5. Design phase services will benefit you. Bringing your civil contractor on board in a design-bid-build delivery method often leads to a loss of data and discovering conflicts in the field that increase cost and extend your schedule. Incorporating your civil contractor early in a project can help to identify challenges and conflicts during design, when they can be easily addressed. Castle’s Civil Design-Build services bring design and construction professionals together to develop the best civil solution from the beginning, working to maximize efficiencies, identify cost savings, address potential issues early, mitigate risks and incorporate solutions into the design.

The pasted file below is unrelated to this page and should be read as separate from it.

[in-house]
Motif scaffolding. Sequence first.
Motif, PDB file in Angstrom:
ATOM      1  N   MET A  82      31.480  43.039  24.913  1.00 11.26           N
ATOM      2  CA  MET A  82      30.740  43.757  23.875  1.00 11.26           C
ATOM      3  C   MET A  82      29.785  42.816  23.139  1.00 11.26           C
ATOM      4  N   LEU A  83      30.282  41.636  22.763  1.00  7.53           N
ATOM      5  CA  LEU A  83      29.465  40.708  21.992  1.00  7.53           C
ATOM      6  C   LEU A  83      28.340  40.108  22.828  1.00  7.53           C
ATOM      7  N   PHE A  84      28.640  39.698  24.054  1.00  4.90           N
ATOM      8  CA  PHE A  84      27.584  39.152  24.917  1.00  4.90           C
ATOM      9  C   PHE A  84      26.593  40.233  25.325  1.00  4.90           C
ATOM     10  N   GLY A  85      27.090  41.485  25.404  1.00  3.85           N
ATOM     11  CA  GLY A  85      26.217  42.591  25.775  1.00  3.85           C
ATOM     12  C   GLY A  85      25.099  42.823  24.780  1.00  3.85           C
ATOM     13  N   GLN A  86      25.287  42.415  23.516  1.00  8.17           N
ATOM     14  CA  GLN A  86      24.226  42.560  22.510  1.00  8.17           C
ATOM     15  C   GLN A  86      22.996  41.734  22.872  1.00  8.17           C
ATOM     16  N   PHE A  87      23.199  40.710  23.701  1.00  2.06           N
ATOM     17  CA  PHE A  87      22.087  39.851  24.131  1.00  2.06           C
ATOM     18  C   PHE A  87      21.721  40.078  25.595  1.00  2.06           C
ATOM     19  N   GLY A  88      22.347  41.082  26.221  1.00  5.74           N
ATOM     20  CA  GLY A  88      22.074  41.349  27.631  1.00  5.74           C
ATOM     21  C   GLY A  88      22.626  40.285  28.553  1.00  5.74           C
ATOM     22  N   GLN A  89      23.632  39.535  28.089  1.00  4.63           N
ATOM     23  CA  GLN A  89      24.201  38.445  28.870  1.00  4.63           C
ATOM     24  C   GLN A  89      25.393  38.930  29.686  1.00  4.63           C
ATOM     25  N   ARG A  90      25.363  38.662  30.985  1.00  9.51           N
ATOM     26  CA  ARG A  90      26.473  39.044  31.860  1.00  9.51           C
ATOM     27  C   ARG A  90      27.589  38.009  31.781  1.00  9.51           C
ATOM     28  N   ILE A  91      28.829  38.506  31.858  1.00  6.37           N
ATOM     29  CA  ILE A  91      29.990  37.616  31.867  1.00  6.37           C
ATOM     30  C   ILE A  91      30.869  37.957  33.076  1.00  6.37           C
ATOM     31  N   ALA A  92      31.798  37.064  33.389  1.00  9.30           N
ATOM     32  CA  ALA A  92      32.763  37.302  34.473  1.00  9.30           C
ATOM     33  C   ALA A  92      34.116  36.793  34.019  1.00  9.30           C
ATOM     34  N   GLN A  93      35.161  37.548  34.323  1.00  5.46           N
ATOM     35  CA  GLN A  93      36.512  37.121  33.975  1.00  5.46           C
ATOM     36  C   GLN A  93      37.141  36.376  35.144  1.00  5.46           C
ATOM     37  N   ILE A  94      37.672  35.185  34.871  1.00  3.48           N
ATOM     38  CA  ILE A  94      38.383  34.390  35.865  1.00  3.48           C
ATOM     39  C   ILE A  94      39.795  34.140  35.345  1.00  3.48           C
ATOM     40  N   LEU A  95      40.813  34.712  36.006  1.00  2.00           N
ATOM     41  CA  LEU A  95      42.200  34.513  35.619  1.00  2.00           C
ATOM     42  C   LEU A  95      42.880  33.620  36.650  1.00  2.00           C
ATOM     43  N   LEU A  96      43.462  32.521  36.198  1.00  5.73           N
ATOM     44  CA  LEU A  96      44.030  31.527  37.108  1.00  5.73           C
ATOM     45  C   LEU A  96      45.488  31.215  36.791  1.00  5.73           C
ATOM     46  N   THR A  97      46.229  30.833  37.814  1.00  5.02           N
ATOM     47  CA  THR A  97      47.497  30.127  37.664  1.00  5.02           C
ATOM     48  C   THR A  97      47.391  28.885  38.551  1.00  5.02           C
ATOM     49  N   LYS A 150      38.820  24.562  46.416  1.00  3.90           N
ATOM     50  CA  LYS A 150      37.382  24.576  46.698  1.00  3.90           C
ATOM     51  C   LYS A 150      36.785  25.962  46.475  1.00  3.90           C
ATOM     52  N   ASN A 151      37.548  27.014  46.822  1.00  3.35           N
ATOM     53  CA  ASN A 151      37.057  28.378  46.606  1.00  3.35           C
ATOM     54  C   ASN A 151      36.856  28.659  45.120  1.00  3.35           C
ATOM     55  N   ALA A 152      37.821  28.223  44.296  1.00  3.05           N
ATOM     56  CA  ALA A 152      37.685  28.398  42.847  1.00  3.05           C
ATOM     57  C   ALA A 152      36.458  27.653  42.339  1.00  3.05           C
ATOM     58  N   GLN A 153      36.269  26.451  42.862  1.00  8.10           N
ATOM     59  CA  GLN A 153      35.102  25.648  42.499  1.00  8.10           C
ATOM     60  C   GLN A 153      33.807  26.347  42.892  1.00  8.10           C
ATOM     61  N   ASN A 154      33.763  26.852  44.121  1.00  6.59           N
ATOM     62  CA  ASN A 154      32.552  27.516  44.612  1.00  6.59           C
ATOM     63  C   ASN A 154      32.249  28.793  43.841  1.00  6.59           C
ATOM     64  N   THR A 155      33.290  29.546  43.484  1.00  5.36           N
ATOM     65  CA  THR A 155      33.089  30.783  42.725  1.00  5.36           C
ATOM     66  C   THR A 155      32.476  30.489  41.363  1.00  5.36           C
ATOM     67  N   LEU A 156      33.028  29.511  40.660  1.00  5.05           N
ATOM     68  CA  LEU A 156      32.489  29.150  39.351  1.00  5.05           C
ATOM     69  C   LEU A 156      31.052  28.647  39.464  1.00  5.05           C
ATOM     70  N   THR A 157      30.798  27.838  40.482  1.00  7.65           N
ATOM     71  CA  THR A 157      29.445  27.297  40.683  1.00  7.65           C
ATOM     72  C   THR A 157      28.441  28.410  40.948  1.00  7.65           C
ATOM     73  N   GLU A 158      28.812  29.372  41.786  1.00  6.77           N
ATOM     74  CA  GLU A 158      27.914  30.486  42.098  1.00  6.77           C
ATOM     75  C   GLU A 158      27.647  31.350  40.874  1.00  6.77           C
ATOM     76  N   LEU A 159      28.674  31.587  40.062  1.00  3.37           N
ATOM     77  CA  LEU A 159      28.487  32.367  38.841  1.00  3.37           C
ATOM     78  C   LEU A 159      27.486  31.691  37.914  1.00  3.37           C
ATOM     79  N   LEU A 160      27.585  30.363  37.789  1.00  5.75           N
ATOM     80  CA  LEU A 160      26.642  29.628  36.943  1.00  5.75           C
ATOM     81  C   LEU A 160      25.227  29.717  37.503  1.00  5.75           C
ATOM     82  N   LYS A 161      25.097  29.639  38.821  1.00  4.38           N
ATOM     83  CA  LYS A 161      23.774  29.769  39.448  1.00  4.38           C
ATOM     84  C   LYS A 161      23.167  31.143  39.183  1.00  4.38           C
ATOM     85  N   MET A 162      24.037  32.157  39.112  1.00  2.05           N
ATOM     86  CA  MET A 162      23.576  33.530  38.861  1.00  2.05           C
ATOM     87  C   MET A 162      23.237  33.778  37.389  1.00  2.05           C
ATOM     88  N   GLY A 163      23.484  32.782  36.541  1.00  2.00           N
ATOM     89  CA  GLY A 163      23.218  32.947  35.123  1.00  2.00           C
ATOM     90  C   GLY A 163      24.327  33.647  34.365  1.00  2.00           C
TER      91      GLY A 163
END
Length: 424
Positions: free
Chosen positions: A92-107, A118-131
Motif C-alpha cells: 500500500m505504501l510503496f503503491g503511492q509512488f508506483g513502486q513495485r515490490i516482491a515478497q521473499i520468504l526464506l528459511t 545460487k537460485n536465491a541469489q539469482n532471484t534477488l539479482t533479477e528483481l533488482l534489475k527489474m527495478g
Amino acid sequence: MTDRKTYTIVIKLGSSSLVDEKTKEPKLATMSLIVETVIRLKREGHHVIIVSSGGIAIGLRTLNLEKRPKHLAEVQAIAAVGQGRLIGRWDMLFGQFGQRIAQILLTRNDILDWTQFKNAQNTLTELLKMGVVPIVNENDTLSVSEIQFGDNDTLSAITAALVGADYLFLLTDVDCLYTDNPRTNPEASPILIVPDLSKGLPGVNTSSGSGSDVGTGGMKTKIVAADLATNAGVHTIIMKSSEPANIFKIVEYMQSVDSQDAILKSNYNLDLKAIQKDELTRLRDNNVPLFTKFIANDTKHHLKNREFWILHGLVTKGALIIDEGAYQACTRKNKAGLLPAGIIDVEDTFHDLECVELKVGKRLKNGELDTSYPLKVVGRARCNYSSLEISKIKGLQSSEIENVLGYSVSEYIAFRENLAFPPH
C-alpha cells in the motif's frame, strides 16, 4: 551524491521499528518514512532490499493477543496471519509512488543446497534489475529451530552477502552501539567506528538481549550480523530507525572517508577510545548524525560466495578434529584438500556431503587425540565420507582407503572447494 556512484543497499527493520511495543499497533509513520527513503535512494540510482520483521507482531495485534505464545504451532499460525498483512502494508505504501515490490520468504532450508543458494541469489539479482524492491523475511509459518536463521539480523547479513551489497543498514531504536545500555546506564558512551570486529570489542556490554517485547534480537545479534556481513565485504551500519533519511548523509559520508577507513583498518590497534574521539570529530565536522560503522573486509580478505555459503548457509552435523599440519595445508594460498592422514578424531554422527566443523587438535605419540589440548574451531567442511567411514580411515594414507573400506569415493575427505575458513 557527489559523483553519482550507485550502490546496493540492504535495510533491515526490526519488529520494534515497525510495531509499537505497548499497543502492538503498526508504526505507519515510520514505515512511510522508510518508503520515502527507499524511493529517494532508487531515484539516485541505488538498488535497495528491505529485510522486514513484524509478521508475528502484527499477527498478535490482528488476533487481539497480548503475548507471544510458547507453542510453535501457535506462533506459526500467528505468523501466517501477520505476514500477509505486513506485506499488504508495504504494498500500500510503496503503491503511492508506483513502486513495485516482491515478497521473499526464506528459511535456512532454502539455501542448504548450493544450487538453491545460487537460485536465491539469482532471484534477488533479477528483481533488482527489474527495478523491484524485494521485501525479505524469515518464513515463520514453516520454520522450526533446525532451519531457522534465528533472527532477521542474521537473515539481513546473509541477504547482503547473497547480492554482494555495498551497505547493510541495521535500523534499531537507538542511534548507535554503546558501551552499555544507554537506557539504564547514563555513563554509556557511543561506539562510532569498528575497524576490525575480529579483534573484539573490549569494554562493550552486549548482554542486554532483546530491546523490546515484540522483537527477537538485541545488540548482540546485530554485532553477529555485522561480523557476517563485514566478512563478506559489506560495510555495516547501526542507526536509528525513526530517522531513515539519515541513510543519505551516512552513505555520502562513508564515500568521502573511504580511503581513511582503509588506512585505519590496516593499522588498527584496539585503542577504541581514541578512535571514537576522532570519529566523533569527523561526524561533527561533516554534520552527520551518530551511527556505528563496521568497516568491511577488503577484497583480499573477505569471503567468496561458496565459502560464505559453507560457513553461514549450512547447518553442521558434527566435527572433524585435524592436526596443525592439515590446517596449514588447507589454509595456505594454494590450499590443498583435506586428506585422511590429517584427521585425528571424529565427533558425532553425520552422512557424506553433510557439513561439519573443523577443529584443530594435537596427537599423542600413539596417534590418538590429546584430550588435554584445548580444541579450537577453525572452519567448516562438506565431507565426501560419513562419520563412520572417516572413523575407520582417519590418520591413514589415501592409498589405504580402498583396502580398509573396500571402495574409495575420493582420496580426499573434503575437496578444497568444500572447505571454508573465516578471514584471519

6. Inefficiencies are common, but not inevitable. Coordinating work with the entire project team is essential to manage workforce and cost, and you get the most out of a plan where crews can work continuously. If you’re developing a property that has multiple parcels, it can be more cost-effective to develop the overall site versus bit-by-bit. Coordination of shared resources across a master plan can benefit the overall development and position future projects for low risk and higher cost certainty.
  7. Weather is a big deal. Because civil contractors work exclusively outside, weather affects our work more than other construction scopes. We experienced one of the rainiest years on record in 2019 and the first quarter of 2020 had similar levels of rainfall. Knowing your civil contractor can ramp up or down and handle schedule fluctuations is essential to your project progress. Project team communication is key to the success of planning for the unknowns.

    castle 3